Giant Salvinia: The non-native plant in Louisiana waters
LAKE CHARLES, La. (KPLC) - On the surface, it seems like just another plant, when in reality, it’s anything but.
Originally from Brazil, giant salvinia has made it’s way across the world, including into Louisiana’s waterways and the plant can have some serious impacts on wetland ecosystems.
According to the LSU Ag Center, giant salvinia was found in the Toledo Bend Reservoir in 1998.
“For the last few years, we’ve been fighting it,” Dean Kelly, the Director for the Calcasieu Parish Police Jury Facility Management Department, said. “It’s a very invasive aquatic species.”
“I get phone calls every day," Kevin Savoie, Area Agent for the LSU Ag Center, said. "Land owners, land managers, and marsh managers asking for help or assistance.”
The aquatic weed can completely cover waterways in a matter of weeks.
“It can double in size every five to seven days under the right growing conditions.” Savoie said. “When it first showed up in Cameron, it was amazing. There was a drainage lateral north of the Cameron Courthouse called W1 West. It completely filled that canal when the water flowed and totally blocked the drainage. Some local workers actually got out on top of it, in an 8 foot deep canal, and walked across it. It would just roll with the current and was stacked. It was bad and we had no way to stop it. And we will never be rid of it now. It’s here to stay."
Those conditions being a hot and humid climate like Louisiana’s. Officials these nonnative plants can have some serious impacts.
“So as it continues to grow it can actually create a matte about three feet deep and it completely chokes out the sunlight and completely take over a body of water.” Kelly said.
“Which prohibits draining, boater access, it also covers that water column and prevents sunlight from penetrating down, therefore reducing fisheries production and wildlife production, growth of water fowl foods and other things that are really important to us on the coast," Savoie said. "So it has huge implications.”
In Calcasieu Parish, the Holbrook Park Pond is one of the affected bodies of water in the parish by salvinia according to Kelly.
“Once you have it, it’s very hard to truly eradicate it, so you just want to stay on top of it," Kelly said. “You have to be vigilant. We do have a spillway that comes out of this part and winds up into the river, so it’s very important to keep that under control so we don’t allow this to escape the pond. There are a couple of methods to deal with it. The first method you try to go with is mechanical. Where you remove it with rakes, pitchforks, and whatnot. You just physically drag it out of the water to get it off it. As long as it’s in small masses you can do that and it’s fairly effective. If the mass gets too big, that’s no longer effective and it becomes very expensive. You have herbicide treatments. Anytime you are dealing with salvinia you want to kill it slowly. If you have too big of a die off to fast and you have too big of a mass of decaying matter in your body of water, it depletes the oxygen. When that happens you kill all the fish in that body of water. But we have been able to manage it and we are at that point now to where we have it pretty well under control. But we need to take that next step to make sure we keep it under control.”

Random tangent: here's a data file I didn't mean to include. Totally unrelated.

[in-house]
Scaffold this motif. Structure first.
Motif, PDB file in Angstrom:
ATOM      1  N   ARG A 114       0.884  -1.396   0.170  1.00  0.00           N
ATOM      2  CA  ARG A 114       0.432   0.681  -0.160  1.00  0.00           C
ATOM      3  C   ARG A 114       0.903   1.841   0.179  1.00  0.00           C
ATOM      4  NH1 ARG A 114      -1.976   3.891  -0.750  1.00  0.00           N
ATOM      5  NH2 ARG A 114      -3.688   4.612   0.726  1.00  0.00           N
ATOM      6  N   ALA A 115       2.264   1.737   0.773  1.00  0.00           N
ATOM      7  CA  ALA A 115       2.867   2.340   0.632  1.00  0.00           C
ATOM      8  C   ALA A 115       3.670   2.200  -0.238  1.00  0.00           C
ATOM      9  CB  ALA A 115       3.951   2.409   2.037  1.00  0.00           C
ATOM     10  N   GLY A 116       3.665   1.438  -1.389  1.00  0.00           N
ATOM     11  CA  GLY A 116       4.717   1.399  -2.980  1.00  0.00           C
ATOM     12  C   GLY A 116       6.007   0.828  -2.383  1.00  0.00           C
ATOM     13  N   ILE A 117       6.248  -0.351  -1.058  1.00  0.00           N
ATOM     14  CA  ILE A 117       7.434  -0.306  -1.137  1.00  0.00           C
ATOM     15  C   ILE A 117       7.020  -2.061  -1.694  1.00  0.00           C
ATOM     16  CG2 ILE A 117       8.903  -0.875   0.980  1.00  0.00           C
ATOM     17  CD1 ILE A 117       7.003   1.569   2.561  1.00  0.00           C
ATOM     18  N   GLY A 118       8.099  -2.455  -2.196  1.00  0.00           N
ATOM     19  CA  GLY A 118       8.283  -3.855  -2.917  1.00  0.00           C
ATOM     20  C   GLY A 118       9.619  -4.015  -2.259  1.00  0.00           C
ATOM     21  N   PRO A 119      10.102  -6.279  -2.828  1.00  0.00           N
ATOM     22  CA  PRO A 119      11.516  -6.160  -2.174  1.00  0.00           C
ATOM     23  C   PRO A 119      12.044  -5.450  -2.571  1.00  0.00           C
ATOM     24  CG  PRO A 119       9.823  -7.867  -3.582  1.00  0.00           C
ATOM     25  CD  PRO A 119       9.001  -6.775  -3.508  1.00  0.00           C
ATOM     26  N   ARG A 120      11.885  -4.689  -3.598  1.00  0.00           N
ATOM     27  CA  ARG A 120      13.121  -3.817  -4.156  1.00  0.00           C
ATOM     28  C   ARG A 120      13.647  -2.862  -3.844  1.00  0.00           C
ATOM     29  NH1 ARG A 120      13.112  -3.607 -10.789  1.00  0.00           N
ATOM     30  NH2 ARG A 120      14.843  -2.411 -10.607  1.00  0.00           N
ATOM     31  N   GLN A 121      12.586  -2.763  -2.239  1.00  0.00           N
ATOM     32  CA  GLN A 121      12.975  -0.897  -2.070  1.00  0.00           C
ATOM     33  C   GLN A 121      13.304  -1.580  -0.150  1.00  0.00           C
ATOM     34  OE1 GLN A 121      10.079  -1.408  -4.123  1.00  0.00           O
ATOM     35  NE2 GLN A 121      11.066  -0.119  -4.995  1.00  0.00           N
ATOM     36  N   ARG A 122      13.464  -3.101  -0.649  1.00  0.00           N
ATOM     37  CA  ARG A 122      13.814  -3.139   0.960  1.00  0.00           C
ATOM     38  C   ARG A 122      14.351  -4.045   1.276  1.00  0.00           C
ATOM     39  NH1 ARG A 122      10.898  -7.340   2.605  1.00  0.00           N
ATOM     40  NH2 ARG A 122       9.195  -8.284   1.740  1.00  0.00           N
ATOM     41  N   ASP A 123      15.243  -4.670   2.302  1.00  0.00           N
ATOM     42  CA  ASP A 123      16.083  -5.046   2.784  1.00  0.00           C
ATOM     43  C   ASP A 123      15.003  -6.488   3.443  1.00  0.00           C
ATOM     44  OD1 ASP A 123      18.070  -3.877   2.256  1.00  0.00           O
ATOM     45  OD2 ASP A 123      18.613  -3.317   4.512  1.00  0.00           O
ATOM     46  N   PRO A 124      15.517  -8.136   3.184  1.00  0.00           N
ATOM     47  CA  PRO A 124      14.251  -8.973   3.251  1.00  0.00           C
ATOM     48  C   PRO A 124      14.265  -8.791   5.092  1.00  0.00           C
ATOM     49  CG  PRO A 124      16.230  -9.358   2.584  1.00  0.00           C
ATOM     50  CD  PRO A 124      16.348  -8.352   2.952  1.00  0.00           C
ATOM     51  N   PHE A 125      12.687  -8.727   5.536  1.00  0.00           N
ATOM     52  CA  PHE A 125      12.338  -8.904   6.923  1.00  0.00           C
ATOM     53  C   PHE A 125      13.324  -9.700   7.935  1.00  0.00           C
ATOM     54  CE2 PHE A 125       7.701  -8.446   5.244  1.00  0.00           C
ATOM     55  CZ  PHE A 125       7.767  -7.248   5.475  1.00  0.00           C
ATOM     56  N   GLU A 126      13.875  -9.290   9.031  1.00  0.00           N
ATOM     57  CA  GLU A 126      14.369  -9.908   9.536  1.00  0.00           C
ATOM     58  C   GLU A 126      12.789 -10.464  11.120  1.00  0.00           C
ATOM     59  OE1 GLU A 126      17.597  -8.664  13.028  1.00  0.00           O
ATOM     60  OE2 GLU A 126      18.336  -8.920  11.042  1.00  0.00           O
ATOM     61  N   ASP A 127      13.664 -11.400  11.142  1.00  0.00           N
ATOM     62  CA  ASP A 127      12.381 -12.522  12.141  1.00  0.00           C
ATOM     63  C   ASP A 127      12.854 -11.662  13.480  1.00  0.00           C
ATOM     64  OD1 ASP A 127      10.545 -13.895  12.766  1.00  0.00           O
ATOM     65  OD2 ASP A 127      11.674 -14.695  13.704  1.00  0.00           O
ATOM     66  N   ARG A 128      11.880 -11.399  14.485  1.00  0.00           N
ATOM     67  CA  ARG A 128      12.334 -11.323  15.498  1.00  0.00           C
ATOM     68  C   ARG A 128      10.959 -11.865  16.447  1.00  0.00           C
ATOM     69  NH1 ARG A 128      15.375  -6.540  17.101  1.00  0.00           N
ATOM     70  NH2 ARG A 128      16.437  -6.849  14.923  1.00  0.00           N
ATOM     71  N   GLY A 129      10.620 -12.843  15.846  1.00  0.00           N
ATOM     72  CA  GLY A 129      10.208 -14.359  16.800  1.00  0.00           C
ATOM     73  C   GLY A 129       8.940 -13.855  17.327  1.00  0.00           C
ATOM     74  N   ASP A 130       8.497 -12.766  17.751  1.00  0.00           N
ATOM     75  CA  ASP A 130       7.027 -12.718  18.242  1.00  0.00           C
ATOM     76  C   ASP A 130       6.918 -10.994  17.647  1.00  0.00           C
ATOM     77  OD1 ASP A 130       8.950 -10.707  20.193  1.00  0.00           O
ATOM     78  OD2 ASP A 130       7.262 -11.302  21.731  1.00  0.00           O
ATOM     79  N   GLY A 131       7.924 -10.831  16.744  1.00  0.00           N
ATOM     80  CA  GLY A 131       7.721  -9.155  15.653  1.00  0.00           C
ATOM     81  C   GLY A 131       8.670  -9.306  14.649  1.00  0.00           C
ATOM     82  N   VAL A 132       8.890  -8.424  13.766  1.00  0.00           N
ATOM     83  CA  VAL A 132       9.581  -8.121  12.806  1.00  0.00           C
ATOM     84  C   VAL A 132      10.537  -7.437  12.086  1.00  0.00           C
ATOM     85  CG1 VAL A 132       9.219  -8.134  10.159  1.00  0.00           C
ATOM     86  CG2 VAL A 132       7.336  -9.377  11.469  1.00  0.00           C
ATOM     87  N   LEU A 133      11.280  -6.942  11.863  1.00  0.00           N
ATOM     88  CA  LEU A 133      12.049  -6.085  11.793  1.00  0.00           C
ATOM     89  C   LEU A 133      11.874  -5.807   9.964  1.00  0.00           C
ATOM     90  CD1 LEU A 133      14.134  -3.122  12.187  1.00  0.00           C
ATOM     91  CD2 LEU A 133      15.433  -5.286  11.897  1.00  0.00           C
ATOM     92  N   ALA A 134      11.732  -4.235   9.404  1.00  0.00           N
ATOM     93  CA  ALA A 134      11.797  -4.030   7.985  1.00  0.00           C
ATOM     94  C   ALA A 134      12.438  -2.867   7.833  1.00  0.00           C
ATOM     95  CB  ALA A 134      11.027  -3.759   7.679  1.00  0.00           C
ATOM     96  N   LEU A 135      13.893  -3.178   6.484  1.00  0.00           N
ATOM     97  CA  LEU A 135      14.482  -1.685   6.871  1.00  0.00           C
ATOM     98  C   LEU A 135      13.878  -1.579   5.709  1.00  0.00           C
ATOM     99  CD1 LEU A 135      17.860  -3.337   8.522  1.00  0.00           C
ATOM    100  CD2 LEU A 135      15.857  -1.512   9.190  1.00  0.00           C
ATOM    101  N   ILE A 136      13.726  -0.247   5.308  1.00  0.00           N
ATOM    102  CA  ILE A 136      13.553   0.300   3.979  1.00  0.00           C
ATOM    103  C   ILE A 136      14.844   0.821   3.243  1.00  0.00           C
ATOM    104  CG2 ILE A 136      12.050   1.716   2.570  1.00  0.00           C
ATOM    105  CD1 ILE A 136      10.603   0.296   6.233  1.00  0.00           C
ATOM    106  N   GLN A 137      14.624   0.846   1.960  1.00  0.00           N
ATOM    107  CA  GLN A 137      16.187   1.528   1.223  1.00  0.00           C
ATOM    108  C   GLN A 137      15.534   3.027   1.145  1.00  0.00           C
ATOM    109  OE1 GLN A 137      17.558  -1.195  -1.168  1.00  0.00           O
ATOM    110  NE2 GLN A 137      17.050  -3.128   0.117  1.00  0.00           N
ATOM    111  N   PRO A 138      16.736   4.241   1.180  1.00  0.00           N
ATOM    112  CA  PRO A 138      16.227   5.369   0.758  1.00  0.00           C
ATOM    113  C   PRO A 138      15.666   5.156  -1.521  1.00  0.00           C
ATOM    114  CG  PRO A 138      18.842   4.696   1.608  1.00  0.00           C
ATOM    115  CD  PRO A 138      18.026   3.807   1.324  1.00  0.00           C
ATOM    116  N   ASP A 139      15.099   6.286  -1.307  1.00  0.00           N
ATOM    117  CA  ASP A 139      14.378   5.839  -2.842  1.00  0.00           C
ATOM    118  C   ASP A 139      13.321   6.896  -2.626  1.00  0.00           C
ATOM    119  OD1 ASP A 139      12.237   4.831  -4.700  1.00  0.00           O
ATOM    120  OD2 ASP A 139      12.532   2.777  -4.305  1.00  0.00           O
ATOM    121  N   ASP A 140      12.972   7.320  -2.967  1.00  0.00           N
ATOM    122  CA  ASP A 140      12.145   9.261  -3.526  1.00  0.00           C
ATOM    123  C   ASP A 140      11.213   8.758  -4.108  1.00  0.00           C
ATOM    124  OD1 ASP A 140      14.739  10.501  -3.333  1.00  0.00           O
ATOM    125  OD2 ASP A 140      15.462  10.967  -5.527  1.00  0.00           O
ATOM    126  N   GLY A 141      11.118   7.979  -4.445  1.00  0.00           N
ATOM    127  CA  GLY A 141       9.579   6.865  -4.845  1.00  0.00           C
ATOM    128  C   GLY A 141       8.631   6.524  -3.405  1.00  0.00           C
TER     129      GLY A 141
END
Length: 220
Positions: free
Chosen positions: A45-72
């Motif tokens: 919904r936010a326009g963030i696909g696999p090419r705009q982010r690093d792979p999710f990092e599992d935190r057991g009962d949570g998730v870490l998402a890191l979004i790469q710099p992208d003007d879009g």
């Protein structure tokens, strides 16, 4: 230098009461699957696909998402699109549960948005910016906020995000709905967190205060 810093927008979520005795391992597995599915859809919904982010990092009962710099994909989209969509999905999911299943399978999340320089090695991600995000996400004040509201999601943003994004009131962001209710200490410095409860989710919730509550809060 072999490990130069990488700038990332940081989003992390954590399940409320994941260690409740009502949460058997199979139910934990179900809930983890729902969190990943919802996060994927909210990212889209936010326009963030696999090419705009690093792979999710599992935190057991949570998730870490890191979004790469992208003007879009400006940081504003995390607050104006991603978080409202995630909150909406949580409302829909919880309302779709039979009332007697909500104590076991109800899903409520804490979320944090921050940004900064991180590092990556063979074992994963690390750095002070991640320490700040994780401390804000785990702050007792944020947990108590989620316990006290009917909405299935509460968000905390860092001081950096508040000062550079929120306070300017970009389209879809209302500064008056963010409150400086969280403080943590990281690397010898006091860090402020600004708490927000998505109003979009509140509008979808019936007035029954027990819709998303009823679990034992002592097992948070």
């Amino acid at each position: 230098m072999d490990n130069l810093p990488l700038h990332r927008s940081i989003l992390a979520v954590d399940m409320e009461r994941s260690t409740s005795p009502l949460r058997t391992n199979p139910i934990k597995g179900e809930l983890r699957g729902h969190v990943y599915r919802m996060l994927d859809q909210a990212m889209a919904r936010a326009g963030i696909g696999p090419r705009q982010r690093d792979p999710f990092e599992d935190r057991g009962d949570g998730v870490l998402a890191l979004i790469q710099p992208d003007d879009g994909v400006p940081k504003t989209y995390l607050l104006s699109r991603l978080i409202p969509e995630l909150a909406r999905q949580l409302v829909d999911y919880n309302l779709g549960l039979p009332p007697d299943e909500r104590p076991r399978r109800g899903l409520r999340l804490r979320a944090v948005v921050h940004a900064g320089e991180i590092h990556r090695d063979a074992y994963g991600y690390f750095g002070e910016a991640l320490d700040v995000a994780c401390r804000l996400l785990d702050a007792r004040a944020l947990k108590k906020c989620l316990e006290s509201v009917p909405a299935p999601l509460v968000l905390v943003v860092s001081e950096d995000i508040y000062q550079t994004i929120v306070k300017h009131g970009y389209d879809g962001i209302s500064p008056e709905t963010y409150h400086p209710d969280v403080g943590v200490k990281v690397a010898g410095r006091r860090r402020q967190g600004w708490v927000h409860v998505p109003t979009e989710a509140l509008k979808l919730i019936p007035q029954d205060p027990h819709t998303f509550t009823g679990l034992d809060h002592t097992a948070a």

Kelly says the Calcasieu Parish Police Jury recently approving a right of entry and maintenance agreement with area landowners, which allows staff and contractors access to the shoreline of the pond located on private land.
“When you look around the pond, you see the body of water is open,” Kelly said. “But along the edge, tucked up into trees and along the bank you can see pockets of this salvinia. That’s where we really need to target it now. In order to do that we needed permission, we needed to have those agreements in place. So now our approach is to assess those areas and mechanically remove what we can.”
In Cameron Parish, Savoie says the LSU Ag Center believes they may have found a solution for the Parish in a little bug called a salvinia weevil, native to Brazil. Kelly says they will use the weevils in targeted areas in Calcasieu as well.
“The weevil that was introduced to control this plant is very specific to this plant," Savoie said. "It won’t feed on any other plants. That little hole is where an adult weevil went through feeding.”
Savoie says that giant salvinia has invaded all of the waterways in Louisiana, meaning if an area in north part of the state can’t control the giant salvinia, it could potentially make it’s way back to Southwest Louisiana. So while the weevils are not the perfect solution, it’s working for Cameron Parish for now.
“This one is here to stay," Savoie said. "We aren’t going to get rid of it now, but that’s a good option for us right now, to help control the plant.”
Savoie says if you live in Cameron Parish and have an infestation to find weevil-infested salvinia and transfer it to their area.
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